Measles cases 'to reach five-year high'

Click to follow
Indy Lifestyle Online

Experts fear the latest measles outbreak could reach a five-year high after another 16 cases were discovered among the cluster in south London.

Experts fear the latest measles outbreak could reach a five-year high after another 16 cases were discovered among the cluster in south London.

That outbreak has now reached 36 cases, raising fears that the crisis in public confidence in the MMR jab could lead to a measles epidemic.

Last year, there were 50 confirmed cases and 13 in 1998, suggesting the latest clusters will set a new high this year. A second cluster in County Durham has seen five confirmed cases, bringing the total in the first two months of 2002 to over 40.

The link between measles and distrust of the MMR jab was underlined by the low take-up rate of 72.3 per cent in Lambeth, Southwark and Lewisham, where 24 cases have now emerged. Experts warn that an immunisation rate of 95 per cent is required to prevent major epidemics.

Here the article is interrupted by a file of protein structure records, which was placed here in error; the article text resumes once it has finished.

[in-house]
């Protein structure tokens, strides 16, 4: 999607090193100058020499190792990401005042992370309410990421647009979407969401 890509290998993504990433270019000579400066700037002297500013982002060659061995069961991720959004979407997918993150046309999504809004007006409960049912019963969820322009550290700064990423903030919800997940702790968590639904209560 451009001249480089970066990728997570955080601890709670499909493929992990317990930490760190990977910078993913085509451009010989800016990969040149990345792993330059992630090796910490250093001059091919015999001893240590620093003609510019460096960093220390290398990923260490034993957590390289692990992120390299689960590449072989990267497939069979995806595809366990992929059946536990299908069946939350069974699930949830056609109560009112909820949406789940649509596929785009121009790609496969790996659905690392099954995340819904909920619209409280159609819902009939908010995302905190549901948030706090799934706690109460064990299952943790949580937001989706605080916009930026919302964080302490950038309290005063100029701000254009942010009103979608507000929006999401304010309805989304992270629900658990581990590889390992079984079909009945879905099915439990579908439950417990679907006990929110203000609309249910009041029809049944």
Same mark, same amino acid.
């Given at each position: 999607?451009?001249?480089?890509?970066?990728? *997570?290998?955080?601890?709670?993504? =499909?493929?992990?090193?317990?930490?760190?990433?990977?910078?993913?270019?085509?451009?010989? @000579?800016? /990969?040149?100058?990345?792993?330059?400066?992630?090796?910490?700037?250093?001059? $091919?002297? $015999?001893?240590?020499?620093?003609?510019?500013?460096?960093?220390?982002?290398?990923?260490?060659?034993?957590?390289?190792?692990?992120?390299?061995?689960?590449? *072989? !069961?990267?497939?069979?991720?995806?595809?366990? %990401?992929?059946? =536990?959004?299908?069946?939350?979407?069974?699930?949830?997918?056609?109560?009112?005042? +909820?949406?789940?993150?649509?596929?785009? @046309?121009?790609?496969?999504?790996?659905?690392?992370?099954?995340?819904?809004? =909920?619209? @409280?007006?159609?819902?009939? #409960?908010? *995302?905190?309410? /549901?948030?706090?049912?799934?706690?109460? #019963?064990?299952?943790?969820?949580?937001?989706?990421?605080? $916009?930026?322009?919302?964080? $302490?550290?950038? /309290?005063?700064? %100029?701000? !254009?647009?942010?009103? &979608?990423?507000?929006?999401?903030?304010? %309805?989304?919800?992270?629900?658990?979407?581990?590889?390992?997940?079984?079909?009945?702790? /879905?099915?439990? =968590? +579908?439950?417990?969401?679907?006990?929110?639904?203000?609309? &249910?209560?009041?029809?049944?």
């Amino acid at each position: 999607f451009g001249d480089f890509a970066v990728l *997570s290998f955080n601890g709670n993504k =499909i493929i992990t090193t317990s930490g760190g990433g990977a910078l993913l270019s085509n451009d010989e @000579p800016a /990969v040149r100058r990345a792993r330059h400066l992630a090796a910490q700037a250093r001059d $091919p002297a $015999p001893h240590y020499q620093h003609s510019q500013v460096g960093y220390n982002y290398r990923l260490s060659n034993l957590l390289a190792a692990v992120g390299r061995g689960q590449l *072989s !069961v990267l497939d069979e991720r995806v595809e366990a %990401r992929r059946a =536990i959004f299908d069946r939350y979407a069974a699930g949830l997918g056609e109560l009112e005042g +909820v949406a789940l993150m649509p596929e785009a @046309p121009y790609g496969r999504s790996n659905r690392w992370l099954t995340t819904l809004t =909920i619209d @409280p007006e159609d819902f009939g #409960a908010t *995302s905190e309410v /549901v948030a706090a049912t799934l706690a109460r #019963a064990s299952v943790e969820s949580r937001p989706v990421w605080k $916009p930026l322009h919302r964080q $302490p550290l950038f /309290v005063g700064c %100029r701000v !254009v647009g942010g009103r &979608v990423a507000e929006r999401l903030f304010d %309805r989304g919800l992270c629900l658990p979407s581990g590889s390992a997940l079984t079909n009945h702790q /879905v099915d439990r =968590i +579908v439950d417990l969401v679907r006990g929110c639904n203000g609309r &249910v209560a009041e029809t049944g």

Ministers are about to launch another major campaign to reassure parents about MMR, but an expert in public health has warned that the climate of distrust in the triple vaccine would undermine it.

The MMR controversy follows a claimed link with a rising incidence of childhood autism which were made by Dr Andrew Wakefield, then at the Royal Free Hospital in London. His claims have been fiercely contested by other health experts and ministers.

However, Tom Horlick-Jones, a senior research fellow at Cardiff's School of Social Sciences, said restoring public trust in official agencies is likely to be "a very difficult process indeed".

Comments